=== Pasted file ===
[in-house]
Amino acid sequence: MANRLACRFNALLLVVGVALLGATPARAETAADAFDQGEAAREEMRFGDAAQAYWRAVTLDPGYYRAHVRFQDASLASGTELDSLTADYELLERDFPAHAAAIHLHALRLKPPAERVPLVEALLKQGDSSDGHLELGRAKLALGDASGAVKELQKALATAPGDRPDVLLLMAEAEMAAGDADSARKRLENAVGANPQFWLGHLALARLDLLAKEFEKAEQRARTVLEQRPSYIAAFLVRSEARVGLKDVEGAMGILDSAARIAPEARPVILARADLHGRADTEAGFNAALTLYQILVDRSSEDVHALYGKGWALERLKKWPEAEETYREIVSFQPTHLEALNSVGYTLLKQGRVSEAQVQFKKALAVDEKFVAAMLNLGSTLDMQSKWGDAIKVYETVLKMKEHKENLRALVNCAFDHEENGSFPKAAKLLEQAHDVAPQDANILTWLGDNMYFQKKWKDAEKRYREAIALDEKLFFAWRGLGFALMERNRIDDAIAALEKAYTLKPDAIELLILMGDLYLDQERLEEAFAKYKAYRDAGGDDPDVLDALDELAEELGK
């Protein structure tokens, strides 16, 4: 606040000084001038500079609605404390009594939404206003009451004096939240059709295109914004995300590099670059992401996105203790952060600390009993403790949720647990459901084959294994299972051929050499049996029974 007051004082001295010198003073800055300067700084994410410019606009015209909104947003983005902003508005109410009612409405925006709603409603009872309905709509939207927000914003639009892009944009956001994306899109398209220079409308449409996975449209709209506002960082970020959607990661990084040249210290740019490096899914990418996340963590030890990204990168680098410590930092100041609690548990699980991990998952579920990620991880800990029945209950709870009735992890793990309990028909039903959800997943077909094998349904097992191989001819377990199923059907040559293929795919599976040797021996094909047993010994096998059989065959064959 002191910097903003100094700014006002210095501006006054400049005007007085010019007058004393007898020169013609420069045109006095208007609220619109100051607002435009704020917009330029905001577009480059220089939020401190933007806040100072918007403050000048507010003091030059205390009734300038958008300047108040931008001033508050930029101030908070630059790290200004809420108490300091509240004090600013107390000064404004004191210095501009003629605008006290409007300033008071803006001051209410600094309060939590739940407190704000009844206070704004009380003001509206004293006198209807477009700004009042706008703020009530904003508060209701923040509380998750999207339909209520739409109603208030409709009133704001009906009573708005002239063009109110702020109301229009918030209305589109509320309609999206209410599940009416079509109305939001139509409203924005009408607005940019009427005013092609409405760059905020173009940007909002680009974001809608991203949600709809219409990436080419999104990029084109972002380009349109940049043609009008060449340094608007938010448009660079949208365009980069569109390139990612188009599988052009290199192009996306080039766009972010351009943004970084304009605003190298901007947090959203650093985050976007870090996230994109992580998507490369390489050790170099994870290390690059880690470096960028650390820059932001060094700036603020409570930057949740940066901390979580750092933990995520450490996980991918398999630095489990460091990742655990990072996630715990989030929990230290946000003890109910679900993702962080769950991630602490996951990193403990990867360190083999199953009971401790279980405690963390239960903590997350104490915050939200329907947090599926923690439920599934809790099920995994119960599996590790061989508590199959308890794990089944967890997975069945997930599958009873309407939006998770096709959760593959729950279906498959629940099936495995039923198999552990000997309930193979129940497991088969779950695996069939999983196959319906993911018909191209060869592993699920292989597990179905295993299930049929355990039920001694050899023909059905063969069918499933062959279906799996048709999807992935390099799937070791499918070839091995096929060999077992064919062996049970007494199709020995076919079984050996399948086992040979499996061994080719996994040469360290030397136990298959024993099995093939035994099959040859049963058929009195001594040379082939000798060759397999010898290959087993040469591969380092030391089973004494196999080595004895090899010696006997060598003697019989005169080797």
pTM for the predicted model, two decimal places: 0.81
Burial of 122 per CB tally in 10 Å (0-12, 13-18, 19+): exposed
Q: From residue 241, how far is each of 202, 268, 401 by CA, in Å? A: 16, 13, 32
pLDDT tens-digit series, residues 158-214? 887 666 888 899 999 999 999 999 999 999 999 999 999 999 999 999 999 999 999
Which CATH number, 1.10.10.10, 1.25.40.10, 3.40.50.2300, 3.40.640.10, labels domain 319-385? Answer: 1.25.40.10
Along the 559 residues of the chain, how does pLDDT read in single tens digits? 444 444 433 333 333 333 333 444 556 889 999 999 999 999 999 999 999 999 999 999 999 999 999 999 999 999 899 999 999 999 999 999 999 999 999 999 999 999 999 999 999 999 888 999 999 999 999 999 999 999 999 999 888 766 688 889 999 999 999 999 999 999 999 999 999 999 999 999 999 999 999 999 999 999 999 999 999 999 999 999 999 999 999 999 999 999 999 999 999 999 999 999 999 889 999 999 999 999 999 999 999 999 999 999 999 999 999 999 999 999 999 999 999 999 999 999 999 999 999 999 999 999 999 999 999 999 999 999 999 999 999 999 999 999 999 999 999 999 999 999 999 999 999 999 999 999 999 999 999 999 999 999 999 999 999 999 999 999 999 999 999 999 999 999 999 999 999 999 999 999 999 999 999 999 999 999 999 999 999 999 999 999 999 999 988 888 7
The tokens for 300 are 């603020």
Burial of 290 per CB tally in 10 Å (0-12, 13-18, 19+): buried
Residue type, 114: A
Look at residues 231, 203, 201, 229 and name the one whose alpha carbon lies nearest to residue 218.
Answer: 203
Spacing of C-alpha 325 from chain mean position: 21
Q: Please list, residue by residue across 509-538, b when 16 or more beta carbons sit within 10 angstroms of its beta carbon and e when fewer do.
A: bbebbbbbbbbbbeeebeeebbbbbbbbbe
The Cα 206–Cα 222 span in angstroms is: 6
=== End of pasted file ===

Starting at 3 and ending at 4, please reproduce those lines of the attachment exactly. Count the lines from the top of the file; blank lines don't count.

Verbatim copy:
């Protein structure tokens, strides 16, 4: 606040000084001038500079609605404390009594939404206003009451004096939240059709295109914004995300590099670059992401996105203790952060600390009993403790949720647990459901084959294994299972051929050499049996029974 007051004082001295010198003073800055300067700084994410410019606009015209909104947003983005902003508005109410009612409405925006709603409603009872309905709509939207927000914003639009892009944009956001994306899109398209220079409308449409996975449209709209506002960082970020959607990661990084040249210290740019490096899914990418996340963590030890990204990168680098410590930092100041609690548990699980991990998952579920990620991880800990029945209950709870009735992890793990309990028909039903959800997943077909094998349904097992191989001819377990199923059907040559293929795919599976040797021996094909047993010994096998059989065959064959 002191910097903003100094700014006002210095501006006054400049005007007085010019007058004393007898020169013609420069045109006095208007609220619109100051607002435009704020917009330029905001577009480059220089939020401190933007806040100072918007403050000048507010003091030059205390009734300038958008300047108040931008001033508050930029101030908070630059790290200004809420108490300091509240004090600013107390000064404004004191210095501009003629605008006290409007300033008071803006001051209410600094309060939590739940407190704000009844206070704004009380003001509206004293006198209807477009700004009042706008703020009530904003508060209701923040509380998750999207339909209520739409109603208030409709009133704001009906009573708005002239063009109110702020109301229009918030209305589109509320309609999206209410599940009416079509109305939001139509409203924005009408607005940019009427005013092609409405760059905020173009940007909002680009974001809608991203949600709809219409990436080419999104990029084109972002380009349109940049043609009008060449340094608007938010448009660079949208365009980069569109390139990612188009599988052009290199192009996306080039766009972010351009943004970084304009605003190298901007947090959203650093985050976007870090996230994109992580998507490369390489050790170099994870290390690059880690470096960028650390820059932001060094700036603020409570930057949740940066901390979580750092933990995520450490996980991918398999630095489990460091990742655990990072996630715990989030929990230290946000003890109910679900993702962080769950991630602490996951990193403990990867360190083999199953009971401790279980405690963390239960903590997350104490915050939200329907947090599926923690439920599934809790099920995994119960599996590790061989508590199959308890794990089944967890997975069945997930599958009873309407939006998770096709959760593959729950279906498959629940099936495995039923198999552990000997309930193979129940497991088969779950695996069939999983196959319906993911018909191209060869592993699920292989597990179905295993299930049929355990039920001694050899023909059905063969069918499933062959279906799996048709999807992935390099799937070791499918070839091995096929060999077992064919062996049970007494199709020995076919079984050996399948086992040979499996061994080719996994040469360290030397136990298959024993099995093939035994099959040859049963058929009195001594040379082939000798060759397999010898290959087993040469591969380092030391089973004494196999080595004895090899010696006997060598003697019989005169080797």
pTM for the predicted model, two decimal places: 0.81